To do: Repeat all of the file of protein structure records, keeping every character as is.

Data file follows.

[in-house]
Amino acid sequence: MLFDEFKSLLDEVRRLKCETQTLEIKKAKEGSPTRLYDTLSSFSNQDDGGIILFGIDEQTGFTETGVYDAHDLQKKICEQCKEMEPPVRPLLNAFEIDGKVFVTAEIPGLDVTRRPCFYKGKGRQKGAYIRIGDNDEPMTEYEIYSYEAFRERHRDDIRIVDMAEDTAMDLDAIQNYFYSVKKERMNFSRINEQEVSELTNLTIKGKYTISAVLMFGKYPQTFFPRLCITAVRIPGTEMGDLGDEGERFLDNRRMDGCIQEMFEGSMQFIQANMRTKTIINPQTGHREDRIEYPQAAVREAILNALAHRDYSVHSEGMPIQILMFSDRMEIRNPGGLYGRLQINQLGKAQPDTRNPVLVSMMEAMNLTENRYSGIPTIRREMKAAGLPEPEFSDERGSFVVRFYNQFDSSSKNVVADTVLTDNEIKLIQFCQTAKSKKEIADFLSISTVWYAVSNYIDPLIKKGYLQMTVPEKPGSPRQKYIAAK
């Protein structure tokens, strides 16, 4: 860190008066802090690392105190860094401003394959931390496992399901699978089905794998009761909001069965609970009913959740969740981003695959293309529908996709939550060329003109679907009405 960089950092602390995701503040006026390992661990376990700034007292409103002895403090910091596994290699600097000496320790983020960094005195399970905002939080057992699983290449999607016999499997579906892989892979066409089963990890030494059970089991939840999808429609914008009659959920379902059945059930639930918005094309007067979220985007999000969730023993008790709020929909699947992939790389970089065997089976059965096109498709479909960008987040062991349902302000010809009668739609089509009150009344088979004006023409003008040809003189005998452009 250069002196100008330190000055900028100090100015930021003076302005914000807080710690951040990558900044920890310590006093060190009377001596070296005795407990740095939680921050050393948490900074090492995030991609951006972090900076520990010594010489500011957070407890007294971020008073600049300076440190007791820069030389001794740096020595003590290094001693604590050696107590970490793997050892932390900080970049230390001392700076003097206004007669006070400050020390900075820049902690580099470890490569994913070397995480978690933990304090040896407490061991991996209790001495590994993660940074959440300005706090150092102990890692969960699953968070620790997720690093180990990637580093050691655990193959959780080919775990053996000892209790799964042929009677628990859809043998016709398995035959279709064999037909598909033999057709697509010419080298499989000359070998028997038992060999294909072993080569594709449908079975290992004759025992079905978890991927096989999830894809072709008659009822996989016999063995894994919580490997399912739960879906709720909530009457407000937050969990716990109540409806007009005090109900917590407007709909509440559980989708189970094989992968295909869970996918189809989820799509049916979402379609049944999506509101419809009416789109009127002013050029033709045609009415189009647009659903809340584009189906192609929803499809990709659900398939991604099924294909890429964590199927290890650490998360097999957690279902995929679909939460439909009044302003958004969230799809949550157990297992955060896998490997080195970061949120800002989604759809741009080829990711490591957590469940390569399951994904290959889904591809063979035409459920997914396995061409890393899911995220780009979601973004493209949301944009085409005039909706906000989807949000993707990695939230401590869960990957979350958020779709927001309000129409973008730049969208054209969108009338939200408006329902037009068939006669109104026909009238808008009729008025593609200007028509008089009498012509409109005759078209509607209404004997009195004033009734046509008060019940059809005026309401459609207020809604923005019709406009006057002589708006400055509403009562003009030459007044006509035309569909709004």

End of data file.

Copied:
[in-house]
Amino acid sequence: MLFDEFKSLLDEVRRLKCETQTLEIKKAKEGSPTRLYDTLSSFSNQDDGGIILFGIDEQTGFTETGVYDAHDLQKKICEQCKEMEPPVRPLLNAFEIDGKVFVTAEIPGLDVTRRPCFYKGKGRQKGAYIRIGDNDEPMTEYEIYSYEAFRERHRDDIRIVDMAEDTAMDLDAIQNYFYSVKKERMNFSRINEQEVSELTNLTIKGKYTISAVLMFGKYPQTFFPRLCITAVRIPGTEMGDLGDEGERFLDNRRMDGCIQEMFEGSMQFIQANMRTKTIINPQTGHREDRIEYPQAAVREAILNALAHRDYSVHSEGMPIQILMFSDRMEIRNPGGLYGRLQINQLGKAQPDTRNPVLVSMMEAMNLTENRYSGIPTIRREMKAAGLPEPEFSDERGSFVVRFYNQFDSSSKNVVADTVLTDNEIKLIQFCQTAKSKKEIADFLSISTVWYAVSNYIDPLIKKGYLQMTVPEKPGSPRQKYIAAK
């Protein structure tokens, strides 16, 4: 860190008066802090690392105190860094401003394959931390496992399901699978089905794998009761909001069965609970009913959740969740981003695959293309529908996709939550060329003109679907009405 960089950092602390995701503040006026390992661990376990700034007292409103002895403090910091596994290699600097000496320790983020960094005195399970905002939080057992699983290449999607016999499997579906892989892979066409089963990890030494059970089991939840999808429609914008009659959920379902059945059930639930918005094309007067979220985007999000969730023993008790709020929909699947992939790389970089065997089976059965096109498709479909960008987040062991349902302000010809009668739609089509009150009344088979004006023409003008040809003189005998452009 250069002196100008330190000055900028100090100015930021003076302005914000807080710690951040990558900044920890310590006093060190009377001596070296005795407990740095939680921050050393948490900074090492995030991609951006972090900076520990010594010489500011957070407890007294971020008073600049300076440190007791820069030389001794740096020595003590290094001693604590050696107590970490793997050892932390900080970049230390001392700076003097206004007669006070400050020390900075820049902690580099470890490569994913070397995480978690933990304090040896407490061991991996209790001495590994993660940074959440300005706090150092102990890692969960699953968070620790997720690093180990990637580093050691655990193959959780080919775990053996000892209790799964042929009677628990859809043998016709398995035959279709064999037909598909033999057709697509010419080298499989000359070998028997038992060999294909072993080569594709449908079975290992004759025992079905978890991927096989999830894809072709008659009822996989016999063995894994919580490997399912739960879906709720909530009457407000937050969990716990109540409806007009005090109900917590407007709909509440559980989708189970094989992968295909869970996918189809989820799509049916979402379609049944999506509101419809009416789109009127002013050029033709045609009415189009647009659903809340584009189906192609929803499809990709659900398939991604099924294909890429964590199927290890650490998360097999957690279902995929679909939460439909009044302003958004969230799809949550157990297992955060896998490997080195970061949120800002989604759809741009080829990711490591957590469940390569399951994904290959889904591809063979035409459920997914396995061409890393899911995220780009979601973004493209949301944009085409005039909706906000989807949000993707990695939230401590869960990957979350958020779709927001309000129409973008730049969208054209969108009338939200408006329902037009068939006669109104026909009238808008009729008025593609200007028509008089009498012509409109005759078209509607209404004997009195004033009734046509008060019940059809005026309401459609207020809604923005019709406009006057002589708006400055509403009562003009030459007044006509035309569909709004």